• Awesome.

  • MK: We've gotta figure out which brands.

  • MS: Yeah. (MK: That's the challenge.)

  • When you look at the people you deal with ..

  • MK: We've got some places we can go. (MS: Okay.)

  • Turn the camera off.

  • MS: I thought "Turn the camera off"

  • meant, "Let's have an off-the-record conversation."

  • Turns out it really means,

  • "We want nothing to do with your movie."

  • MS: And just like that, one by one,

  • all of these companies suddenly disappeared.

  • None of them wanted anything to do with this movie.

  • I was amazed.

  • They wanted absolutely nothing to do with this project.

  • And I was blown away, because I thought the whole concept, the idea of advertising,

  • was to get your product out in front of as many people as possible,

  • to get as many people to see it as possible.

  • Especially in today's world,

  • this intersection of new media and old media

  • and the fractured media landscape,

  • isn't the idea to get

  • that new buzz-worthy delivery vehicle

  • that's going to get that message to the masses?

  • No, that's what I thought.

  • But the problem was, you see,

  • my idea had one fatal flaw,

  • and that flaw was this.

  • Actually no, that was not the flaw whatsoever.

  • That wouldn't have been a problem at all.

  • This would have been fine.

  • But what this image represents was the problem.

  • See, when you do a Google image search for transparency,

  • this is ---

  • (Laughter)

  • (Applause)

  • This is one of the first images that comes up.

  • So I like the way you roll, Sergey Brin. No.

  • (Laughter)

  • This is was the problem: transparency --

  • free from pretense or deceit;

  • easily detected or seen through;

  • readily understood;

  • characterized by visibility or accessibility of information,

  • especially concerning business practices --

  • that last line being probably the biggest problem.

  • You see, we hear a lot about transparency these days.

  • Our politicians say it, our president says it,

  • even our CEO's say it.

  • But suddenly when it comes down to becoming a reality,

  • something suddenly changes.

  • But why? Well, transparency is scary --

  • (Roar)

  • like that odd, still-screaming bear.

  • (Laughter)

  • It's unpredictable --

  • (Music)

  • (Laughter)

  • like this odd country road.

  • And it's also very risky.

  • (Laughter)

  • What else is risky?

  • Eating an entire bowl of Cool Whip.

  • (Laughter)

  • That's very risky.

  • Now when I started talking to companies

  • and telling them that we wanted to tell this story,

  • and they said, "No, we want you to tell a story.

  • We want you to tell a story,

  • but we just want to tell our story."

  • See, when I was a kid

  • and my father would catch me in some sort of a lie --

  • and there he is giving me the look he often gave me --

  • he would say, "Son, there's three sides to every story.

  • There's your story,

  • there's my story

  • and there's the real story."

  • Now you see, with this film, we wanted to tell the real story.

  • But with only one company, one agency willing to help me --

  • and that's only because I knew John Bond and Richard Kirshenbaum for years --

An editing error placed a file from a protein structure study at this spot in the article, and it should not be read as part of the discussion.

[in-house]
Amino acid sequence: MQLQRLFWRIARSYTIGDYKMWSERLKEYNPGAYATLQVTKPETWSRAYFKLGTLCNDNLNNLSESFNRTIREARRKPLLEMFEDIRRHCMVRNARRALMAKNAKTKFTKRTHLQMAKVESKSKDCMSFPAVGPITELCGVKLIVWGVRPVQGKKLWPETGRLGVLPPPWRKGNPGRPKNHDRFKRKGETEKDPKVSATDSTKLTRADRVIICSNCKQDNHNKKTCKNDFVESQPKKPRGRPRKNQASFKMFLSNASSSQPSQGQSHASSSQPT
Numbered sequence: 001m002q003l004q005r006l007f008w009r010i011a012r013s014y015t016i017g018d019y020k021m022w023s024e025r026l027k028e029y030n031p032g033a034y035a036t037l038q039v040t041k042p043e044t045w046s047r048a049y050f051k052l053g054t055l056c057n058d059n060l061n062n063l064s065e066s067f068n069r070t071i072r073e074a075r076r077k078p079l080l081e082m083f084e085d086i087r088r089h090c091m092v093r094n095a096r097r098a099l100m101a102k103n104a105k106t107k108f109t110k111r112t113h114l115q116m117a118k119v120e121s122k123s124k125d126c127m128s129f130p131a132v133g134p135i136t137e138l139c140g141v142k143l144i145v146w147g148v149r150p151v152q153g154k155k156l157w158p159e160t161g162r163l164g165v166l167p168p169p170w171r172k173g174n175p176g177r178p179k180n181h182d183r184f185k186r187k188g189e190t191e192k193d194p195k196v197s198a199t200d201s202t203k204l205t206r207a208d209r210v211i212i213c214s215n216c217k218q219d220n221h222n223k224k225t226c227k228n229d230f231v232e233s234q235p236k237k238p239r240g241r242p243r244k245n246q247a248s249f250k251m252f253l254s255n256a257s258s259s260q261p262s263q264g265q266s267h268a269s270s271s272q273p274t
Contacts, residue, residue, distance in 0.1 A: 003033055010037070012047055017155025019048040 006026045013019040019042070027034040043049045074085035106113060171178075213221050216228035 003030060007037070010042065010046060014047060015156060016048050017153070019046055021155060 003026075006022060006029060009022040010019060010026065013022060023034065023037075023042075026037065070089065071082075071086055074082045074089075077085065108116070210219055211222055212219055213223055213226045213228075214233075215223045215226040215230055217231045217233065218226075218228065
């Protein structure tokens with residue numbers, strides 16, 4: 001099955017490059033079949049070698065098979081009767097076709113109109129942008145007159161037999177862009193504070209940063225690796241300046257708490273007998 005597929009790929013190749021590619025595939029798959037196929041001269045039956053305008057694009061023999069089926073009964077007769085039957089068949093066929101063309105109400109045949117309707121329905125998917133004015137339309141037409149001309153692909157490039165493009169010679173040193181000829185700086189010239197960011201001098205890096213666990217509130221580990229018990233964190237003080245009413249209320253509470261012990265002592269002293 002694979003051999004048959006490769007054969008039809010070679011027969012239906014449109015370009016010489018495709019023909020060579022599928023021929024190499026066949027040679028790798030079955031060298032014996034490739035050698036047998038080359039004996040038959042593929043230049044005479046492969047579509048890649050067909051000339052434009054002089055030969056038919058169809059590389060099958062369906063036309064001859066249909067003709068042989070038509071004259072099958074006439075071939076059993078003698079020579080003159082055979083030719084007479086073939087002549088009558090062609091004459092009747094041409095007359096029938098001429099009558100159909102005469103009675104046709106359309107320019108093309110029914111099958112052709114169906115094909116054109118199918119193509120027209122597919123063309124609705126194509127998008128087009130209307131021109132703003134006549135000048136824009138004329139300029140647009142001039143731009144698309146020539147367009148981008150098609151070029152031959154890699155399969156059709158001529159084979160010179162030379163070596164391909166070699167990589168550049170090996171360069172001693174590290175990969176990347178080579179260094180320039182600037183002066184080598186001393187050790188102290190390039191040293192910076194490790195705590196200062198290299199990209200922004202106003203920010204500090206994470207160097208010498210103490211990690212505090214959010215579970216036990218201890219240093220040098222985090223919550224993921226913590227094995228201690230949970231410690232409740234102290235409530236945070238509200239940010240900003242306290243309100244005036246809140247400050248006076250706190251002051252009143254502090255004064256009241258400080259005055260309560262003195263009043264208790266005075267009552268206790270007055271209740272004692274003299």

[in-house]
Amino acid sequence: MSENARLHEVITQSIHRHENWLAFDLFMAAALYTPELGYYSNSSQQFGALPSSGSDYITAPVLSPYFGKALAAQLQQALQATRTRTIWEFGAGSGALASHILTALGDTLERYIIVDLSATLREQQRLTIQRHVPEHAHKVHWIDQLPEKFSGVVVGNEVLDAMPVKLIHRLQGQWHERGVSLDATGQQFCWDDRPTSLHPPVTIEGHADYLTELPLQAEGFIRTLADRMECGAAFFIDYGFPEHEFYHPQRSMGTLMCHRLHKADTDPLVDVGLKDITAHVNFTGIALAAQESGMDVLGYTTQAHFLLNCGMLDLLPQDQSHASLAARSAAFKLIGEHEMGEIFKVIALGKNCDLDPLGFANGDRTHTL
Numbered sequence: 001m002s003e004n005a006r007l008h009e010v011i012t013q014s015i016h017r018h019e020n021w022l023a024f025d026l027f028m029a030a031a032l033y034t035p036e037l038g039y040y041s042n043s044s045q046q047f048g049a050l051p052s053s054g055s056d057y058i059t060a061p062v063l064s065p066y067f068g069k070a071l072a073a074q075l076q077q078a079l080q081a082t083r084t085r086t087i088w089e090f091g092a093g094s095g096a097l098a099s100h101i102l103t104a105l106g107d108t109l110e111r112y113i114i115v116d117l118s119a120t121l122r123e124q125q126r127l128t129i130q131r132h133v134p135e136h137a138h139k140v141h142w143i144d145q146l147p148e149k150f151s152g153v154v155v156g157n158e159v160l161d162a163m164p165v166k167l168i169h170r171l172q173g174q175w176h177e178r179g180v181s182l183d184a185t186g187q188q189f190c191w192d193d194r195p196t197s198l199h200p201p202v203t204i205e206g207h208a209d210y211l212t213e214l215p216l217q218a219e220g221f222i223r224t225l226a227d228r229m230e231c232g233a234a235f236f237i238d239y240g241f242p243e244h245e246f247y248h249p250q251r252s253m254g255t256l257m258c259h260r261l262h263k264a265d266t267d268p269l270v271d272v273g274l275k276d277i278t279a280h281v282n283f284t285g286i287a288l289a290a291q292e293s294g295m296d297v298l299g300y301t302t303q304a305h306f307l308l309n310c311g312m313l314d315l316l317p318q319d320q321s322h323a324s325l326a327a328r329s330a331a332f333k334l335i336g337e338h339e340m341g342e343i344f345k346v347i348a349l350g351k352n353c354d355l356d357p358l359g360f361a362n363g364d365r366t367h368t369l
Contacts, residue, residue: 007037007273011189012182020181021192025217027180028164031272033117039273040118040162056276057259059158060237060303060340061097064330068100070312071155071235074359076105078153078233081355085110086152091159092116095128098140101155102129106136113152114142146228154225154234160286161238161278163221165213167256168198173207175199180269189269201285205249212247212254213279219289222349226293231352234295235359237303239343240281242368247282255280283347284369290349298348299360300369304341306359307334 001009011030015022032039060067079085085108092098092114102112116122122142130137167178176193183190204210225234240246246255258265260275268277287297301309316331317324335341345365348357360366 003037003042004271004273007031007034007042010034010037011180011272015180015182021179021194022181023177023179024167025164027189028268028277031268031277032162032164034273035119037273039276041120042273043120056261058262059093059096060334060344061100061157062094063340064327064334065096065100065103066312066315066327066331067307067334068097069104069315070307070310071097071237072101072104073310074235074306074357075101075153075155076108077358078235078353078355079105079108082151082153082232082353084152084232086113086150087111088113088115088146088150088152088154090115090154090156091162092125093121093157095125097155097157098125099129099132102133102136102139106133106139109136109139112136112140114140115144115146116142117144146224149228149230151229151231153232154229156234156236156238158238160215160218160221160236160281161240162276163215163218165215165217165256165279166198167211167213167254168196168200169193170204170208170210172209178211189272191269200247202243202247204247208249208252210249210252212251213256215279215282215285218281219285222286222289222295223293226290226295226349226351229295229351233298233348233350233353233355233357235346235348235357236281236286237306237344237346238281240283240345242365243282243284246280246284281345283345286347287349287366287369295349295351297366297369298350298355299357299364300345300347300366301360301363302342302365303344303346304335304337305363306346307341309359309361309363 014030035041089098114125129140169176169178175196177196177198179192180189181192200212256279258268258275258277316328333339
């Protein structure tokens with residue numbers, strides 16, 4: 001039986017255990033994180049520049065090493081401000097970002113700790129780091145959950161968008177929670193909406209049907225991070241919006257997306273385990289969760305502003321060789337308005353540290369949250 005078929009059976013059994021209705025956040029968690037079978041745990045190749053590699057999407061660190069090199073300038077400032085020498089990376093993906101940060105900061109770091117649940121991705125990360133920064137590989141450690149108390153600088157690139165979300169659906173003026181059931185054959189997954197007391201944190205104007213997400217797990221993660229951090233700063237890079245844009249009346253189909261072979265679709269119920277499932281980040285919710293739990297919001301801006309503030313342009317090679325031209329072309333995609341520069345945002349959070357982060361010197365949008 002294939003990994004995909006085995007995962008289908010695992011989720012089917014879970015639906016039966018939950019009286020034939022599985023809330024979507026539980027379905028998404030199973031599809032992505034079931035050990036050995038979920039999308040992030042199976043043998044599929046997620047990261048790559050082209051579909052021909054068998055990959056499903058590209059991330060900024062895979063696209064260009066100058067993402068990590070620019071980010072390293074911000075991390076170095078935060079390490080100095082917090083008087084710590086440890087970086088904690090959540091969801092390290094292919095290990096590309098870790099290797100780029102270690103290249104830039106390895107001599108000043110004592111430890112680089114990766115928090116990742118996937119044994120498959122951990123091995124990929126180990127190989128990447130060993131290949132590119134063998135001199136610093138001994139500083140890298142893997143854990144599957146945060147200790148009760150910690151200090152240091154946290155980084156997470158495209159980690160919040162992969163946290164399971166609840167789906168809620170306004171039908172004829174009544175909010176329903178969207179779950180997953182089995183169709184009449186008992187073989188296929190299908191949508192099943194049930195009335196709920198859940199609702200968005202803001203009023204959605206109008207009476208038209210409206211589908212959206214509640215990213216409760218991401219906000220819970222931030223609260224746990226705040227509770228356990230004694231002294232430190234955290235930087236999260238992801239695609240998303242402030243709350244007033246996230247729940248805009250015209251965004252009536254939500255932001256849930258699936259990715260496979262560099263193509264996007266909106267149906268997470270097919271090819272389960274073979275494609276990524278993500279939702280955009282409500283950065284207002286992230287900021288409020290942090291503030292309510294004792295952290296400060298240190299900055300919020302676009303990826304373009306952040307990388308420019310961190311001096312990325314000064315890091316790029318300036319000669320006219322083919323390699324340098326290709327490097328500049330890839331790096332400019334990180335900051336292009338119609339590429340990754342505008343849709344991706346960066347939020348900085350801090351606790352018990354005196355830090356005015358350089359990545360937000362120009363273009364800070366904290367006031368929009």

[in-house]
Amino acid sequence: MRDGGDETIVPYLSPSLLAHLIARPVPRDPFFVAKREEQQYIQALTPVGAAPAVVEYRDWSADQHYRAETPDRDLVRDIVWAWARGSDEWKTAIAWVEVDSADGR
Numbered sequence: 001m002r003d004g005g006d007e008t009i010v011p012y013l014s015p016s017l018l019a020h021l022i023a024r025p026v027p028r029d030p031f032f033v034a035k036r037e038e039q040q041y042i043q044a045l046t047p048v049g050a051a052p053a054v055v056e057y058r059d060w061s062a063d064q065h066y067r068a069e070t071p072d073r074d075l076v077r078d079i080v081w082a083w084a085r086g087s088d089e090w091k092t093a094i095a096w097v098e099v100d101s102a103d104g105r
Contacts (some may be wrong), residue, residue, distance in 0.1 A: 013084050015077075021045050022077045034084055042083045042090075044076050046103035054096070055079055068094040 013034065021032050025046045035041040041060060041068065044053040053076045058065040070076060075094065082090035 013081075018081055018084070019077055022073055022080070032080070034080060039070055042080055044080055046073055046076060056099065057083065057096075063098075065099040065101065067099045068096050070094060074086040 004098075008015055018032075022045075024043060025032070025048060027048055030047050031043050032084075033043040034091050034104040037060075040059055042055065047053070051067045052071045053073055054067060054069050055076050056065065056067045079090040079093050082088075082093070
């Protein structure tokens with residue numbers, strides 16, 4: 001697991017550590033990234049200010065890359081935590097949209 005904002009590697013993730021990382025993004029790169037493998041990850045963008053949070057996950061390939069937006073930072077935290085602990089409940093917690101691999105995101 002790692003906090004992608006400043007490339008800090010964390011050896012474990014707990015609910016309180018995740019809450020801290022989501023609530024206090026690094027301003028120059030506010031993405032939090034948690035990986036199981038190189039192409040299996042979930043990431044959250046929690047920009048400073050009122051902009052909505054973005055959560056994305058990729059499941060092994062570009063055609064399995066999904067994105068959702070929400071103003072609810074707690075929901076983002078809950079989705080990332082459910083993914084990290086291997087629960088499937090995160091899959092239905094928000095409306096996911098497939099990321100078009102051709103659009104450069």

• I realized that I would have to go on my own,

  • I'd have to cut out the middleman

  • and go to the companies myself with all of my team.

  • So what you suddenly started to realize --

  • or what I started to realize --

  • is that when you started having conversations with these companies,

  • the idea of understanding your brand is a universal problem.

  • (Video) MS: I have friends who make great big, giant Hollywood films,

  • and I have friends who make little independent films like I make.

  • And the friends of mine who make big, giant Hollywood movies

  • say the reason their films are so successful

  • is because of the brand partners that they have.

  • And then my friends who make small independent films

  • say, "Well, how are we supposed to compete

  • with these big, giant Hollywood movies?"

  • And the movie is called

  • "The Greatest Movie Ever Sold."

  • So how specifically will we see Ban in the film?

  • Any time I'm ready to go, any time I open up my medicine cabinet,

  • you will see Ban deodorant.

  • While anytime I do an interview with someone,

  • I can say, "Are you fresh enough for this interview?

  • Are you ready? You look a little nervous.

  • I want to help you calm down.

  • So maybe you should put some one before the interview."

  • So we'll offer one of these fabulous scents.

  • Whether it's a "Floral Fusion" or a "Paradise Winds,"

  • they'll have their chance.

  • We will have them geared for both male or female --

  • solid, roll-on or stick, whatever it may be.

  • That's the two-cent tour.

  • So now I can answer any of your questions

  • and give you the five-cent tour.

  • Karen Frank: We are a smaller brand.

  • Much like you talked about being a smaller movie,

  • we're very much a challenger brand.

  • So we don't have the budgets that other brands have.

  • So doing things like this -- you know,

  • remind people about Ban --

  • is kind of why were interested in it.

  • MS: What are the words that you would use to describe Ban?

  • Ban is blank.

  • KF: That's a great question.

  • (Laughter)

  • Woman: Superior technology.

  • MS: Technology's not the way you want to describe something

  • somebody's putting in their armpit.

  • Man: We talk about bold, fresh.

  • I think "fresh" is a great word that really spins this category into the positive,

  • versus "fights odor and wetness."

  • It keeps you fresh.

  • How do we keep you fresher longer -- better freshness,

  • more freshness, three times fresher.